Offshore drilling company Borr Drilling expects growth in demand for modern jack-up drilling rigs, supported by higher oil prices coupled with the need to drill more to counter declines caused by years of underinvestment in the oil and gas industry.
“Oil price has recovered strongly, and the response from US shale has so far been muted. The fact that spot oil prices have moved from the $40/bbl to the $60/bbl, coupled with forward prices now being back at pre-COVID levels is likely to trigger significant demand for incremental jack-up drilling rigs.”
Break-evens for shallow-water drilling are generally in the region $20-$40/bbl, the contractor says.
“Years of underinvestment in the oil & gas industry means a catch-up is needed to counter declines, which is likely to occur by several of the NOCs taking back market share, which in turn is benefiting the jack-up drilling demand. NOCs account for ~80% of jack-up demand,” Borr Drilling said.
Oslo listed Borr Drilling currently owns 23 “modern” jack-up rigs, out of which 11 rigs are currently active. Five rigs are under construction at Keppel FELS, scheduled for delivery during 2023, after which the fleet will consist of 28 modern rigs all built after 2010.
The company also expects that the jack-up rig supply will drop as older jack-up rigs that go out of contracts and find themselves without employment prospects get retired.
“Several years of downturn in the industry have resulted in a large part of the fleet becoming obsolete. More than 100 rigs are identified as possible scrapping candidates, giving a real supply of below 400 units. This compares to current demand at 340 units and peak demand of 454 units,” Borr Drilling said.
It further said: “A total of 21 rigs were retired in 2020, which brings the total number of rigs retired since 2017 to 111 (20 Modern and 91 Legacy), according to Fearnley Offshore. A further 12 units are confirmed to be retired in the near future, predominantly by international contractors who prefer to retire the older rigs when they come off contract versus 5 stacking them.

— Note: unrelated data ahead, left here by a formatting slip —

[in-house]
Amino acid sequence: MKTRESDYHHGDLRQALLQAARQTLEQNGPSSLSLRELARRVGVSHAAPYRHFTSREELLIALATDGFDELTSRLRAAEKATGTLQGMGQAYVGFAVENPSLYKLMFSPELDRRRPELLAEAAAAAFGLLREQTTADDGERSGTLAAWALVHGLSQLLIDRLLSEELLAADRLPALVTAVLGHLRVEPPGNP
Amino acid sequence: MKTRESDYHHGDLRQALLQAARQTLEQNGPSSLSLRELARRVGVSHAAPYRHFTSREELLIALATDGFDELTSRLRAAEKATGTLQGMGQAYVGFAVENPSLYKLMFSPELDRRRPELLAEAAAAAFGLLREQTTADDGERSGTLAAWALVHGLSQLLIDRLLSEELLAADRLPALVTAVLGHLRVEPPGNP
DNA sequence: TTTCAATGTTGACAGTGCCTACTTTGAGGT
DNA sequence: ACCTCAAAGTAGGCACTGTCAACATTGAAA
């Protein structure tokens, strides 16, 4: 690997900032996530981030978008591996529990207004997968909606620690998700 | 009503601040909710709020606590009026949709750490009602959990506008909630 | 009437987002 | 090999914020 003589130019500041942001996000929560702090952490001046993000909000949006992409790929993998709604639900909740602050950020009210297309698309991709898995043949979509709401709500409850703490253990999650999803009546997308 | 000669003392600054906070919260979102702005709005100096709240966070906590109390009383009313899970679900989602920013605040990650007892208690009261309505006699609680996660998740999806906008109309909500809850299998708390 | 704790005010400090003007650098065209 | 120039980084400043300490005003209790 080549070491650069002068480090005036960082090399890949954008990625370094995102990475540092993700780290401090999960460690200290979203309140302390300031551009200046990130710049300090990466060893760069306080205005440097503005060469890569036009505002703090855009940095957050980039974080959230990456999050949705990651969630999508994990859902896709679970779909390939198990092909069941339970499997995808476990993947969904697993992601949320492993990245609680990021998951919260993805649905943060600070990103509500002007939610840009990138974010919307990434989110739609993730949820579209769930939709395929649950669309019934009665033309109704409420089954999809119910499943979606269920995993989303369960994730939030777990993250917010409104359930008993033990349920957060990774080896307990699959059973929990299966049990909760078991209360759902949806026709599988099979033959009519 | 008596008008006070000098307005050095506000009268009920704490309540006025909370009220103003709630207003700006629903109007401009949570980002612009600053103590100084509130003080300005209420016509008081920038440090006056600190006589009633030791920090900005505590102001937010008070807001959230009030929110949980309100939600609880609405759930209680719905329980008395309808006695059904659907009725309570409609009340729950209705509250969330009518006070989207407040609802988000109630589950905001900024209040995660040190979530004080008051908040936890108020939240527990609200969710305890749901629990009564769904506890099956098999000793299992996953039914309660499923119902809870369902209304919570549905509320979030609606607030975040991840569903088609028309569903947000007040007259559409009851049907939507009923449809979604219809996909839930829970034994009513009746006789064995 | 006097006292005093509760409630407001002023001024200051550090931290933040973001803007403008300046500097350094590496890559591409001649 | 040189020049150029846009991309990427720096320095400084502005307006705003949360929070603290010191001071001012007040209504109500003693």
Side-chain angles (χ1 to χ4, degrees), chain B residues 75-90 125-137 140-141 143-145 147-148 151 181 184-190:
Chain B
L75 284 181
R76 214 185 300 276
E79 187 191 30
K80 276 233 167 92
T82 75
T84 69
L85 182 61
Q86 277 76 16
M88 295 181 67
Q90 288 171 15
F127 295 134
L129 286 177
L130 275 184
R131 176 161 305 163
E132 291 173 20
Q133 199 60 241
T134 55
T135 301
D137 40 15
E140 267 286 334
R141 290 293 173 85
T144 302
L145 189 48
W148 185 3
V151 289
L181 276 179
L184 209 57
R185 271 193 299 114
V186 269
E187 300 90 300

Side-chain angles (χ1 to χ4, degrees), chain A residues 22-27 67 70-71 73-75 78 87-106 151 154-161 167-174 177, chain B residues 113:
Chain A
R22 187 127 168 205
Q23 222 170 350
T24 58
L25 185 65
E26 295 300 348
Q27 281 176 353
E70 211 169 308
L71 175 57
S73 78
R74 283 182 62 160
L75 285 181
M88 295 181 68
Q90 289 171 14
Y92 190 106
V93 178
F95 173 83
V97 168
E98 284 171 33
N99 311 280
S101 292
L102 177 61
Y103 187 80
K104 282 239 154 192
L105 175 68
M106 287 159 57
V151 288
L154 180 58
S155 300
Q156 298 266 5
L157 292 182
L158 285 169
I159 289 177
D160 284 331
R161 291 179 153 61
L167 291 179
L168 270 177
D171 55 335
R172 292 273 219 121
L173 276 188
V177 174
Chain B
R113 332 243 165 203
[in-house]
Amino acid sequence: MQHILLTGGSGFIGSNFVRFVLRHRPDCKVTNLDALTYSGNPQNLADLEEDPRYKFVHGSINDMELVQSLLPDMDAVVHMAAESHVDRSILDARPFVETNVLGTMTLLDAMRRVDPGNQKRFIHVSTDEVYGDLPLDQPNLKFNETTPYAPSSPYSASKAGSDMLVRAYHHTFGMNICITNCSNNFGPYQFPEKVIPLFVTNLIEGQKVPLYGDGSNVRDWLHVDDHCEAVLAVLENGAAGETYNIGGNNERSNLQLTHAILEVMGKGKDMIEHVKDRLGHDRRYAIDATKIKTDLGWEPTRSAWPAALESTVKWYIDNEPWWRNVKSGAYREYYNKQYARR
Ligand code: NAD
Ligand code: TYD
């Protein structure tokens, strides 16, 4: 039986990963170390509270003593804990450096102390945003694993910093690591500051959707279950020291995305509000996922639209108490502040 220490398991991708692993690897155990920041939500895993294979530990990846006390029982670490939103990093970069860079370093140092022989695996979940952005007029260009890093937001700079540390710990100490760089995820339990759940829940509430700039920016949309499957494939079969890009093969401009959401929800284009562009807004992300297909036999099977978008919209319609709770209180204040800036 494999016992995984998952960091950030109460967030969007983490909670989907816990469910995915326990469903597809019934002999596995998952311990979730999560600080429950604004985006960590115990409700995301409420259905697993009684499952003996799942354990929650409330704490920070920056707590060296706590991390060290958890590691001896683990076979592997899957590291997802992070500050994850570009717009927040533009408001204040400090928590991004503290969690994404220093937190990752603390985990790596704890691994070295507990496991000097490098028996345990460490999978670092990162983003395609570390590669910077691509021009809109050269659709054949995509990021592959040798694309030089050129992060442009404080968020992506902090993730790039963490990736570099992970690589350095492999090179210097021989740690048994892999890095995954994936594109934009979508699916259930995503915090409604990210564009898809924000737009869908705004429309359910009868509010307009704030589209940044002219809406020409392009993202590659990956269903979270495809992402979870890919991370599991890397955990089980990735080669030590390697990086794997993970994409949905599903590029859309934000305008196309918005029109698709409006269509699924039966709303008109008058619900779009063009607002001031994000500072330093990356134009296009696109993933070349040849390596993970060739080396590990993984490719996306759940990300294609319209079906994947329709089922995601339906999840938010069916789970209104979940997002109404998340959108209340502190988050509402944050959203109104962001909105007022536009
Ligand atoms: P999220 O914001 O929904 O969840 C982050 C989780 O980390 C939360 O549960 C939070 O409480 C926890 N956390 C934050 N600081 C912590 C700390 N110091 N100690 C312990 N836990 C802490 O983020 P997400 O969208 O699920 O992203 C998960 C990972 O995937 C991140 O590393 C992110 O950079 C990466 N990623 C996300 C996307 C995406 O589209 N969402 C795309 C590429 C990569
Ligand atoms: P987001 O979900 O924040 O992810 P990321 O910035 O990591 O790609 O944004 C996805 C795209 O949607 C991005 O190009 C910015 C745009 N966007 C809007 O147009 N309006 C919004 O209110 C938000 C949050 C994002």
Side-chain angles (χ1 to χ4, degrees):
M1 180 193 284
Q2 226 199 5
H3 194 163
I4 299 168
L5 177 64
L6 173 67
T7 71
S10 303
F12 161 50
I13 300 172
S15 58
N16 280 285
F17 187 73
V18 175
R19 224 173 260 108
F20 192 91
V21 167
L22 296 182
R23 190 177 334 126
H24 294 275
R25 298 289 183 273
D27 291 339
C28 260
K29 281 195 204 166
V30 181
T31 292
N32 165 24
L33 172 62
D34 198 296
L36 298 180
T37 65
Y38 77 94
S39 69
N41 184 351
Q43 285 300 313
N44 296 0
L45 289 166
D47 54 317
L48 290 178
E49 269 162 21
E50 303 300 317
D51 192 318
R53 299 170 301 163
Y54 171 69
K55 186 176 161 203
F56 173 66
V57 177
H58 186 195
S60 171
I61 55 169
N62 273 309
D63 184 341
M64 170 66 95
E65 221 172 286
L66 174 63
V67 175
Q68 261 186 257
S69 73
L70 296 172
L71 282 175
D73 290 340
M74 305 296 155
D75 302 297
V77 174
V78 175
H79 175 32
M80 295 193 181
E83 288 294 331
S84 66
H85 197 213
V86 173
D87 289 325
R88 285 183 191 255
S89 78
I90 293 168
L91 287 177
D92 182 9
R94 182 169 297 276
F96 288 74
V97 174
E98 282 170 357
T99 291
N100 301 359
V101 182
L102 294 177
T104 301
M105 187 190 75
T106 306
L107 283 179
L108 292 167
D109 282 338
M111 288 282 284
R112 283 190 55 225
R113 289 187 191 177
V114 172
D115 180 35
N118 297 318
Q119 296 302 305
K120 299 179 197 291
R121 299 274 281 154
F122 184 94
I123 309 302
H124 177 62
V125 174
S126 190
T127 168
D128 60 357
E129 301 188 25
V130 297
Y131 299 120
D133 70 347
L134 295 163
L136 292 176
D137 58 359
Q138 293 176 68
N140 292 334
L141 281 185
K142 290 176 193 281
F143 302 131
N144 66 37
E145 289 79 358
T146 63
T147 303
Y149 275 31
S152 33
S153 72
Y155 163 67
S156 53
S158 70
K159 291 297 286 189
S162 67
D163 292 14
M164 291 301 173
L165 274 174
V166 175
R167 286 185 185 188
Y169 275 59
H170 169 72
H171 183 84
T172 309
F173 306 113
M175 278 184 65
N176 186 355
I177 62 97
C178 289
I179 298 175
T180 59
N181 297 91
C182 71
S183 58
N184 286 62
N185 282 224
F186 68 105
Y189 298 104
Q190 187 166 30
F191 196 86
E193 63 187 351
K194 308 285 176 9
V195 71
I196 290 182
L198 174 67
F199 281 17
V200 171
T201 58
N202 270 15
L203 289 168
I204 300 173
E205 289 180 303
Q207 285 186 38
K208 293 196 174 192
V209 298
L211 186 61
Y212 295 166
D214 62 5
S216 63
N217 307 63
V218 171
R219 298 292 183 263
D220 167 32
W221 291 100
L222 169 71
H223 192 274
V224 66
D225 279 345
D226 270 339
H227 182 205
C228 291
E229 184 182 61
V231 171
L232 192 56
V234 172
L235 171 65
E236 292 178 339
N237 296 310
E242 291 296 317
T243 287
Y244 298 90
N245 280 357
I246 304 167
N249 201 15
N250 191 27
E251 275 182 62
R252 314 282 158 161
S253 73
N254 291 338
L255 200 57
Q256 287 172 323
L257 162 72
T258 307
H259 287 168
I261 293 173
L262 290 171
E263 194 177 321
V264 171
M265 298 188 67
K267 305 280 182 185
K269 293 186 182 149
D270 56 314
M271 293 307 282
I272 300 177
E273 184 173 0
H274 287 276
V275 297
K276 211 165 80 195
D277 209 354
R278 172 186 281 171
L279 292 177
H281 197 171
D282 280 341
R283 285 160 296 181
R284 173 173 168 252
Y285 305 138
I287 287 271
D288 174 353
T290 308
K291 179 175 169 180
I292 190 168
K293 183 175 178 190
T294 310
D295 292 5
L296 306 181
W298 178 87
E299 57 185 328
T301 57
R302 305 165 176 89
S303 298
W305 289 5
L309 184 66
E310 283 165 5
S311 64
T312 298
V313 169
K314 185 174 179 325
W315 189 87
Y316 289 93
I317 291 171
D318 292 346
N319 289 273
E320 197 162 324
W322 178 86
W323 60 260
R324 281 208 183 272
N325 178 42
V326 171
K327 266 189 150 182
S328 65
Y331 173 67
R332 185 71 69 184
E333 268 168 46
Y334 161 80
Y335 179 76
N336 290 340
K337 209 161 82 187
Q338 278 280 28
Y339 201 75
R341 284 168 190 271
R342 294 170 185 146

“As of February 2021, there are 53 rigs more than 30 years old which are uncontracted. The company maintains its view that a significant number of these will become commercially and technically uncompetitive in the coming years.”
Borr Drilling, which late last year struck a deal with creditors on debt payment delays for liquidity improvement “amounting to $925 million over the next two years,” recorded a $46.7 million net loss in the fourth quarter of 2020, with total operating revenues of $60,2 million.
Borr Drilling CEO, Patrick Schorn said: “The fourth quarter financials were impacted by the lower activity at the start of the quarter, and higher expenses related to the COVID pandemic (approximately $6 million for the quarter). However, the activity since the third quarter is increasing, with three previously idle rigs having started new contracts in the fourth quarter, and three more expected to commence operations in the first half of 2021.”
According to the 4Q report, Borr Drilling has been awarded eight new contracts/LOAs/LOIs or contract extensions since the start of the fourth quarter 2020 to date.
Providing some color on the contracting opportunities, Borr Drilling said: ”Borr Drilling’s current visibility in tender and direct negotiations stands at 19. This is up significantly from the levels seen during 2020 and is approaching the late 2019 levels.”
The company hopes to benefit from the fact that it has a young fleet, and has again hinted at the need for the industry to further consolidate.
“Borr Drilling has the youngest and most capable jack-up drilling fleet in the industry today – giving us the ability to be a major player in the industry going forward either stand-alone or involved in potential future industry consolidation,” the company said.